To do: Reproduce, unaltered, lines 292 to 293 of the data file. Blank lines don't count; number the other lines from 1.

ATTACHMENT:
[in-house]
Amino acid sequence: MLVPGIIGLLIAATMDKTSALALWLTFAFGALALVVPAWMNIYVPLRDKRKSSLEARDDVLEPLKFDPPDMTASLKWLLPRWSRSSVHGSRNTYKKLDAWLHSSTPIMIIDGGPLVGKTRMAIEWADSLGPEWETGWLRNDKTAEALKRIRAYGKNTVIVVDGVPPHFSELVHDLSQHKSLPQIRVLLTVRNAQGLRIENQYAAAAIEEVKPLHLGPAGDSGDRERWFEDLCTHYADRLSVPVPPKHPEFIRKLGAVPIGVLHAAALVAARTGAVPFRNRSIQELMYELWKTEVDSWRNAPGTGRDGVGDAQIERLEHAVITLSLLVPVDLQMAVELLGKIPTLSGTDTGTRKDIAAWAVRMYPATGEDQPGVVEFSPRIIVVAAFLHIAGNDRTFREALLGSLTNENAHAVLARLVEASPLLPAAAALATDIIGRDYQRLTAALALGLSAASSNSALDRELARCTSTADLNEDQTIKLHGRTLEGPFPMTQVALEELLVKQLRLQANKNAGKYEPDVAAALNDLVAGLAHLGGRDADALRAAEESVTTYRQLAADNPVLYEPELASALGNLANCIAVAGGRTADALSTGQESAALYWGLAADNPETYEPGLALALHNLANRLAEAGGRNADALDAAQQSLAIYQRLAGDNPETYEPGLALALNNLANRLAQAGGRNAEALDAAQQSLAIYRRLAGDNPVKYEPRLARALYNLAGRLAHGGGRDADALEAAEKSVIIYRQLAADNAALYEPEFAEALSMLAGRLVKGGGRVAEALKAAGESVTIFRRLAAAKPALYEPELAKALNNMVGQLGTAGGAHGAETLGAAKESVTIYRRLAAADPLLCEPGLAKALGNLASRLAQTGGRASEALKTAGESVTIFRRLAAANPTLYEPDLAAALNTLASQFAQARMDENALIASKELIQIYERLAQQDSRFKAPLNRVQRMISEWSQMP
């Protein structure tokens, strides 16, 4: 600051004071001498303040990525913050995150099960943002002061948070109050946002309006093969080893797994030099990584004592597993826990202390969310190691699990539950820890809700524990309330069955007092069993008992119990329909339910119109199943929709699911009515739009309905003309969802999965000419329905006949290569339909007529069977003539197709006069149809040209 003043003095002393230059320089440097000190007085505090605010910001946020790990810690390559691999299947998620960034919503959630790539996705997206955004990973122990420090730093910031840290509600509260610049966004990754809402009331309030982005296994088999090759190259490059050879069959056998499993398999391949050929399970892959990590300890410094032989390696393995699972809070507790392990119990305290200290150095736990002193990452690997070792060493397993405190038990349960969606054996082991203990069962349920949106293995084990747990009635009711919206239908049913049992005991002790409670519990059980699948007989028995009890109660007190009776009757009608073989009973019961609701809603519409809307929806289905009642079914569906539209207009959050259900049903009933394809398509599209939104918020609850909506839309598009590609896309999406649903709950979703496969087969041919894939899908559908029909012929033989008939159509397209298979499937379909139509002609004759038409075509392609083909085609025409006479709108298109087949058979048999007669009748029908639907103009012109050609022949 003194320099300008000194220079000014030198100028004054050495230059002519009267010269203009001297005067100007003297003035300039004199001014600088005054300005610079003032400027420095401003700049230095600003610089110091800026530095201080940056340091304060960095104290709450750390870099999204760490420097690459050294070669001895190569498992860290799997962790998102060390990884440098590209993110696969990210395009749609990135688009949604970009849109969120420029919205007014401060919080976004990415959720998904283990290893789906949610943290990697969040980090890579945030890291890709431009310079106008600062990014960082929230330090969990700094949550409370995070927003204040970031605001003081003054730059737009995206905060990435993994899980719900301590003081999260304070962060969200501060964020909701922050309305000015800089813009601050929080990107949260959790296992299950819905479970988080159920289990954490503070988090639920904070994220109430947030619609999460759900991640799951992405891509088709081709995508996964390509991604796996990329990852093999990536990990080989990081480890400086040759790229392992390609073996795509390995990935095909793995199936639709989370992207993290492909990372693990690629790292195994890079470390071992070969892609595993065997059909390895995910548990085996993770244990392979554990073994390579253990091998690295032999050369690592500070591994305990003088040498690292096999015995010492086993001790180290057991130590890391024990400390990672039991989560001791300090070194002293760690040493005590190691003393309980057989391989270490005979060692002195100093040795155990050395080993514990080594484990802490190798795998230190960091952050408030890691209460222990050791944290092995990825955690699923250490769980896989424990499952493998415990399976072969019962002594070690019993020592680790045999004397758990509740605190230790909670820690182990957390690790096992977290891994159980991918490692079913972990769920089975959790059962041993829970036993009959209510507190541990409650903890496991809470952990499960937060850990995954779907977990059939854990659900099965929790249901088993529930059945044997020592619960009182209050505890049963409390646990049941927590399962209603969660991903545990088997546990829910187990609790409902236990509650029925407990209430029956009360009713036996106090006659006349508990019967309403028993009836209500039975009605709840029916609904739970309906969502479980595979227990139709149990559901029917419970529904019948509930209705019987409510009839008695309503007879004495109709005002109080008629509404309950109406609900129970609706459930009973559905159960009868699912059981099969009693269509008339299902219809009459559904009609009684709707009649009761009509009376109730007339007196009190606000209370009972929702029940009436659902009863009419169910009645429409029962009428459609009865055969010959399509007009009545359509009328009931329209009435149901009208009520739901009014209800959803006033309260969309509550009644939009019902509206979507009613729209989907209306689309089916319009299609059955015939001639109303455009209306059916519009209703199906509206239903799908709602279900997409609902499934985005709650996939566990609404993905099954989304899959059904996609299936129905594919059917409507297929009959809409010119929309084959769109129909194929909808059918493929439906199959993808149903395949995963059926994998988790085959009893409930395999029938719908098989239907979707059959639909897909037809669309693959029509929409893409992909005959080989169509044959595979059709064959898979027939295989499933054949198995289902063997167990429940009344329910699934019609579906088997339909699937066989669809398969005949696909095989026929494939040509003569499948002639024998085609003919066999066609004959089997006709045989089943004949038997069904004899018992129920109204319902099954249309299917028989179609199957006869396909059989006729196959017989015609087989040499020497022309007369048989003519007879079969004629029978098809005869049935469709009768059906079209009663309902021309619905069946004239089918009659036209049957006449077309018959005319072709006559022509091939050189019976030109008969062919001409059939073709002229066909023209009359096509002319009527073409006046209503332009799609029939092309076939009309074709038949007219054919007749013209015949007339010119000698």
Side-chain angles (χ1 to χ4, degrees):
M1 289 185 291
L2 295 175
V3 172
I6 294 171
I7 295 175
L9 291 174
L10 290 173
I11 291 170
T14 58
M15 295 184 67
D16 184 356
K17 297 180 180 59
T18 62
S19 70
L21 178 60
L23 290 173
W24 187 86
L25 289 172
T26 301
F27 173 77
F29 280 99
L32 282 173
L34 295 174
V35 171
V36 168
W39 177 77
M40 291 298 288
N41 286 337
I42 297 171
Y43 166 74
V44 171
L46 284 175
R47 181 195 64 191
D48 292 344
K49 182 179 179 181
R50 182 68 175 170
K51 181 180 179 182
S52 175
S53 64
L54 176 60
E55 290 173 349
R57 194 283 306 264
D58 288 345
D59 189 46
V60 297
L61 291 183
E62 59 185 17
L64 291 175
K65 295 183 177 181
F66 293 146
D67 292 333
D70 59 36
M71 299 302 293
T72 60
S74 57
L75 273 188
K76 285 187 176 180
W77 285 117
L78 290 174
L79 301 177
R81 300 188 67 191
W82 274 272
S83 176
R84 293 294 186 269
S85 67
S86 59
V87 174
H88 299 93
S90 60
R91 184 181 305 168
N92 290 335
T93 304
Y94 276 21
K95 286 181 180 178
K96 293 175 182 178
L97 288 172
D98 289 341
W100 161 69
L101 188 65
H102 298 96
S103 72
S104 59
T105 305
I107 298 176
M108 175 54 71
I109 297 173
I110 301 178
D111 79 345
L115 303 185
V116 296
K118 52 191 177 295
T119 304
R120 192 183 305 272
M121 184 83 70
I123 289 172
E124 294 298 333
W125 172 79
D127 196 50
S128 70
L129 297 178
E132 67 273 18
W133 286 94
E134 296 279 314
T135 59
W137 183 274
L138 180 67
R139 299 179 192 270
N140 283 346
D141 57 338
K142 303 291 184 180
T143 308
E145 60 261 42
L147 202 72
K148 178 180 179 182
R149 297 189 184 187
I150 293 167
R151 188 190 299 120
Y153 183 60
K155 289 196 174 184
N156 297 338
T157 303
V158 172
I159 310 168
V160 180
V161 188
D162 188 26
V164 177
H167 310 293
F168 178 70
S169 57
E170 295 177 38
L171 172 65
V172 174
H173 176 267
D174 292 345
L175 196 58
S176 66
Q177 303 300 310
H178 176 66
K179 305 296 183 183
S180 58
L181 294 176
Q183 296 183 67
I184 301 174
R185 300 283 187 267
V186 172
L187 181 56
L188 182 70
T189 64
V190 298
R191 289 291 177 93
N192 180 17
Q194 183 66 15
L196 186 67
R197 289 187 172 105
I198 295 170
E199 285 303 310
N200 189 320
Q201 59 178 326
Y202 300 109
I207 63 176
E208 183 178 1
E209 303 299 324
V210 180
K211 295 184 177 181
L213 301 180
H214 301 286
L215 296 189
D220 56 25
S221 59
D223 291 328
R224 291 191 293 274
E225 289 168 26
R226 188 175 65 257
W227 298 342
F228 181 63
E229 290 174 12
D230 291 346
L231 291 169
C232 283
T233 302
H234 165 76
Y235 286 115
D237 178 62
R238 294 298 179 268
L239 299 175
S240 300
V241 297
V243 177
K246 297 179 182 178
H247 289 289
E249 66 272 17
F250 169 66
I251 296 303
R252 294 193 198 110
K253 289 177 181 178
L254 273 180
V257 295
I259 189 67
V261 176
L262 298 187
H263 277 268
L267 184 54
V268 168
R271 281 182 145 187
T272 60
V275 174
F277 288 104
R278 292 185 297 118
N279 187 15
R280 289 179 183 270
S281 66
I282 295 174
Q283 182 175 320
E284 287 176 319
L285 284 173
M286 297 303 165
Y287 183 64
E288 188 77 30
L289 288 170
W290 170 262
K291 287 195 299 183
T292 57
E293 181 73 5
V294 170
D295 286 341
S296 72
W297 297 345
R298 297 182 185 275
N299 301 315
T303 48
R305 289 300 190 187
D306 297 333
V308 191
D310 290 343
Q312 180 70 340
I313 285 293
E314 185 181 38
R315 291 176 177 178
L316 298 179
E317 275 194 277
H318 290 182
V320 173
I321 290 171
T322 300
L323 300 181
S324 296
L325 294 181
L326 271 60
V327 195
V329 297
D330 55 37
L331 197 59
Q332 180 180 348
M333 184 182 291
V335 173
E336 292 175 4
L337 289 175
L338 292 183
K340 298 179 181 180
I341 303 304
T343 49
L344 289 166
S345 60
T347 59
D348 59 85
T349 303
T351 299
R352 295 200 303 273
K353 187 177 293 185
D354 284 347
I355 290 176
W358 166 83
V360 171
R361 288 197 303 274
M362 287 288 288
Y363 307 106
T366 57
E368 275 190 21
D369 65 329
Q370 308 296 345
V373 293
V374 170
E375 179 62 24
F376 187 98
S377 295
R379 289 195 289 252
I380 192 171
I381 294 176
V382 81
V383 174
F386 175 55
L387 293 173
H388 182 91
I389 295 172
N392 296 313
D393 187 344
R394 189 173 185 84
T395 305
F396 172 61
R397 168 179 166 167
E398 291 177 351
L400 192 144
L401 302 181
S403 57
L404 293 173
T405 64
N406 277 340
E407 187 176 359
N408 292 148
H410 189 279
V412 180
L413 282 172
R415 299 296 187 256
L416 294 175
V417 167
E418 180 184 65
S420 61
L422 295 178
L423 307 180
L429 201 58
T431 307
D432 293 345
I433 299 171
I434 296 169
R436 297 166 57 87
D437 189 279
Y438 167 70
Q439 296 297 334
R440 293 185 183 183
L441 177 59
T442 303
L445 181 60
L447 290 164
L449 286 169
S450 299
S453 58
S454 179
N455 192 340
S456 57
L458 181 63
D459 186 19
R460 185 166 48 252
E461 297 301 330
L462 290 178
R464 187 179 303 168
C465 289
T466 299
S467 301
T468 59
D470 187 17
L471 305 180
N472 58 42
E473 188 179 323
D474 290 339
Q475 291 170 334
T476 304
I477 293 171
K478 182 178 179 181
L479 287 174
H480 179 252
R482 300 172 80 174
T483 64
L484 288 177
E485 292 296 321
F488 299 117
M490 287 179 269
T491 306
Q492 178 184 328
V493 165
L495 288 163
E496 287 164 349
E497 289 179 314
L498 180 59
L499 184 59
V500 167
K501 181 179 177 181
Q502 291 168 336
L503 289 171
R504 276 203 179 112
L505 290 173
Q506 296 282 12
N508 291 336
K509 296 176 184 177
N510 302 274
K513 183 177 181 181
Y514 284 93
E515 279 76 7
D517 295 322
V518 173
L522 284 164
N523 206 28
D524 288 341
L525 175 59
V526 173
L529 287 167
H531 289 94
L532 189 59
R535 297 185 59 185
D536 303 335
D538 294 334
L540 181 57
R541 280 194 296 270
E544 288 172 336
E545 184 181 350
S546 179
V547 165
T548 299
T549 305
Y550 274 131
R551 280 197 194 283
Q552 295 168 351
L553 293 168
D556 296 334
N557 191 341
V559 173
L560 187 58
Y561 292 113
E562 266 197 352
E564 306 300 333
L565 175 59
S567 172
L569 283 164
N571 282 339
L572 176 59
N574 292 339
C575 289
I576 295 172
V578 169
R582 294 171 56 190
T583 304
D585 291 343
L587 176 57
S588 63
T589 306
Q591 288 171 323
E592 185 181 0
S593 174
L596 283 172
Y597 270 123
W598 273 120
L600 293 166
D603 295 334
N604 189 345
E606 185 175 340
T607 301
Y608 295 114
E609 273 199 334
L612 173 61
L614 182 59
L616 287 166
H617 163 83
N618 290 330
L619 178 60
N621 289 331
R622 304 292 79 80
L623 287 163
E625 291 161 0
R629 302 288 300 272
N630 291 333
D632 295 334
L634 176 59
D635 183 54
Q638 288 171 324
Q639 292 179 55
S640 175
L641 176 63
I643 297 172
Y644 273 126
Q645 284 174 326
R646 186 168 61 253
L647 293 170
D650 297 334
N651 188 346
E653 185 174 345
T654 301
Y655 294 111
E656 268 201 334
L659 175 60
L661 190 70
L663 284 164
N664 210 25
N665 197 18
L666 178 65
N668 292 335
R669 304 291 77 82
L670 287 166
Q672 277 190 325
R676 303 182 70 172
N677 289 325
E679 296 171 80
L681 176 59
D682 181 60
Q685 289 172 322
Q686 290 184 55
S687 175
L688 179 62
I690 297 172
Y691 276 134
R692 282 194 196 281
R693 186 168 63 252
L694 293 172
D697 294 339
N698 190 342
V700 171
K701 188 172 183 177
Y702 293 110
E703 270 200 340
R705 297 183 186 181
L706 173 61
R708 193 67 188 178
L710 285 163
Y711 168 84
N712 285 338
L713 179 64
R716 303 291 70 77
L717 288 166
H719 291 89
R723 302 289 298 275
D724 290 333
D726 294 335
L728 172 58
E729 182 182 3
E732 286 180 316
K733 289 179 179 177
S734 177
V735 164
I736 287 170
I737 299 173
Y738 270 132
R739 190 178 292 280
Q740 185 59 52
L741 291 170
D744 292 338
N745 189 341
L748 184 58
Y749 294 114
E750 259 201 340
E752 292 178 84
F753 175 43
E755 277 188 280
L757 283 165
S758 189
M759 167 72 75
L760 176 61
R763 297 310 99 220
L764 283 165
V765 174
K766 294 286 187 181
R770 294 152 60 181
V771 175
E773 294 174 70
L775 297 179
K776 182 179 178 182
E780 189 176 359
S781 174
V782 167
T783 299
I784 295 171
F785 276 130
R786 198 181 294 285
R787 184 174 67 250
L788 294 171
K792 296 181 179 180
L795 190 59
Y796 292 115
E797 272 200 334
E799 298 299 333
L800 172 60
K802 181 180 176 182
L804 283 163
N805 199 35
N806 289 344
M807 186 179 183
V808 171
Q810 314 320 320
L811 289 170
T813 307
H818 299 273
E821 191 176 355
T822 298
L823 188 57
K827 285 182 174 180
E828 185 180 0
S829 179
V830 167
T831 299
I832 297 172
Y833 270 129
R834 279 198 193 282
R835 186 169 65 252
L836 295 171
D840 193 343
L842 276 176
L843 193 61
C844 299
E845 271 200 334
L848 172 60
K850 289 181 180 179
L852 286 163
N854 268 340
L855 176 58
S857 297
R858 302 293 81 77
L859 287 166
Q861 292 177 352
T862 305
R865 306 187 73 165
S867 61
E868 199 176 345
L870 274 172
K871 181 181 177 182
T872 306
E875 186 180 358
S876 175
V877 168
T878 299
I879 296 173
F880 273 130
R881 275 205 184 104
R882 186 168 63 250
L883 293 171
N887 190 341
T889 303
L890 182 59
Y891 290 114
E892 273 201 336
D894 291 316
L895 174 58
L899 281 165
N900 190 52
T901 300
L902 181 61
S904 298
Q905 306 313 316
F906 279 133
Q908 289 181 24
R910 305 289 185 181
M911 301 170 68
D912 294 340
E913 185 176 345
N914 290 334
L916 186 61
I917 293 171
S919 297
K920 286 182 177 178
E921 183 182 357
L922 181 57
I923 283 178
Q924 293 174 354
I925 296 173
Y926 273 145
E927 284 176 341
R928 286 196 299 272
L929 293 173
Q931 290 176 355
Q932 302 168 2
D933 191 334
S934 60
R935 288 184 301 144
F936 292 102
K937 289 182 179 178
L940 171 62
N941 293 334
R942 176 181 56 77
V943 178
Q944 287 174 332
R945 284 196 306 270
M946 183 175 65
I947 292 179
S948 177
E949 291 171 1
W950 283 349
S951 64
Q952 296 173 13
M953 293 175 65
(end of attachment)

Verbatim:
I380 192 171
I381 294 176